An impressive and sometimes dangerous force of nature, the bura wind is certainly to be feared at times. However, it has earned great respect due to its many positive effects.

One of the important aspects of local knowledge and something that you will certainly come across when talking to Croats, especially on the coast, is the winds. There is a wind in Croatia called bura or, in English, bora. Let us put it this way: if Brits talk about the rain and Swedes about the lack of sunlight, then seaside Croats talk about the wind. 

Bura is the so-called local katabatic wind, which in layperson’s terms means that it is caused by the cooling of air over a highland area that then flows downhill under the influence of gravity. The definition of bura is a strong, dry northern or northeast wind that plummets from the top of Mount Velebit to the Adriatic sea. It is freezing cold even when it’s sunny, and it is what causes roads and bridges to be closed, mayhem at sea, and damage to houses and other structures. Bura once even tore down a wind turbine at a wind farm on Pag. It is good to be prepared for it. 

What is Bura wind

As mentioned in the introduction, bura is a dry northern/northeast wind that comes from the Velebit mountain range directly down to the Adriatic sea. It is known for its high speed and can reach up to 200 km/h, making it one of the strongest and coldest winds in Europe. It usually occurs during the winter months and can last for several days, causing damage to buildings, infrastructure, and vegetation.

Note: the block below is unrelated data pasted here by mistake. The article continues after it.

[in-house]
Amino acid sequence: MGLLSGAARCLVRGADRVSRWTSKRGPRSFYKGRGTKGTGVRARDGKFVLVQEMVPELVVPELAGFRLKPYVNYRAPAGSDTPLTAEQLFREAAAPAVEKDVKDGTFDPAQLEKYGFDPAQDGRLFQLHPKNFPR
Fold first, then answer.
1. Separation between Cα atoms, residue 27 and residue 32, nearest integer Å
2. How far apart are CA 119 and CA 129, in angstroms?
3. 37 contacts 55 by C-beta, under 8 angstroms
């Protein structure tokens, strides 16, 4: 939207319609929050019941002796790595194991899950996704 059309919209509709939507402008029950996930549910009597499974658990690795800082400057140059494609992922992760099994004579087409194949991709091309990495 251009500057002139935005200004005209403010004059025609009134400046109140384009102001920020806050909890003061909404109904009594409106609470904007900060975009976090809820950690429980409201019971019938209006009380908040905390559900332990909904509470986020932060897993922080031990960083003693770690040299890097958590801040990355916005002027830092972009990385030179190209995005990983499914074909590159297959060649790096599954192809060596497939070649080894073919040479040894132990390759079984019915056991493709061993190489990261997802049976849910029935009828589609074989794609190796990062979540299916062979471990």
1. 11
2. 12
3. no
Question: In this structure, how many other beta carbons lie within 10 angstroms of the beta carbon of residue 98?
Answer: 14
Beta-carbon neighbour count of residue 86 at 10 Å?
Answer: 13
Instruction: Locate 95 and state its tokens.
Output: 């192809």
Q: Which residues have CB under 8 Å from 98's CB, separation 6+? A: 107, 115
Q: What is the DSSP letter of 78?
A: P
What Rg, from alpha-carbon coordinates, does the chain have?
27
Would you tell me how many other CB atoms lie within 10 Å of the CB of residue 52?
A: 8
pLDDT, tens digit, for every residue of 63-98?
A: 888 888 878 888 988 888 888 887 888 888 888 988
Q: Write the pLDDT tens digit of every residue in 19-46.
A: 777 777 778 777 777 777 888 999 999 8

The bura wind in Croatia reaches its maximum strength when a high-pressure system settles over the snow-capped mountains located behind the Dinaric mountain range along the coast, while a low-pressure system remains calm in the south over the warmer Adriatic sea. At night, as the air becomes colder and denser, the bura wind intensifies further. The wind’s starting temperature is so low that, despite warming during its descent, it remains a cold wind when it reaches the lowlands.

What is the origin of the Bura wind

When we talk about the origin of bura, we actually want to explore the origin of the word itself. As you will see, this exploration will lead us far way, both geographically and historically. The wind known as bura has different names in various languages, such as μπόρα (mpóra) in Greek and bora in Italian and English. The Croatian name bura and Slovenian burja, come from the Common Slavic word burja, meaning ‘storm’. The Greek mythological figure of Boreas and the Modern Greek term for the north wind, βοράς (boras), share the same root as bora. Some historical linguists believe that this root may stem from the Proto-Indo-European term *gworhx-, meaning ‘mountain’, which gave rise to words for ‘mountain’ in Slavic and Sanskrit. Yup, we went full linguistic nerd on this one!

How strong is Bura wind

Bura wind speed is right there in the company of the strongest winds ever recorded. It reaches speeds of up to 220km/h, while the strongest gusts recorded were 304km/h near Sveti Rok Tunnel and 248km/h on the Maslenica Bridge. In comparison, the strongest wind ever recorded on Earth was a hurricane gust that passed by Australia at the speed of 408km/h.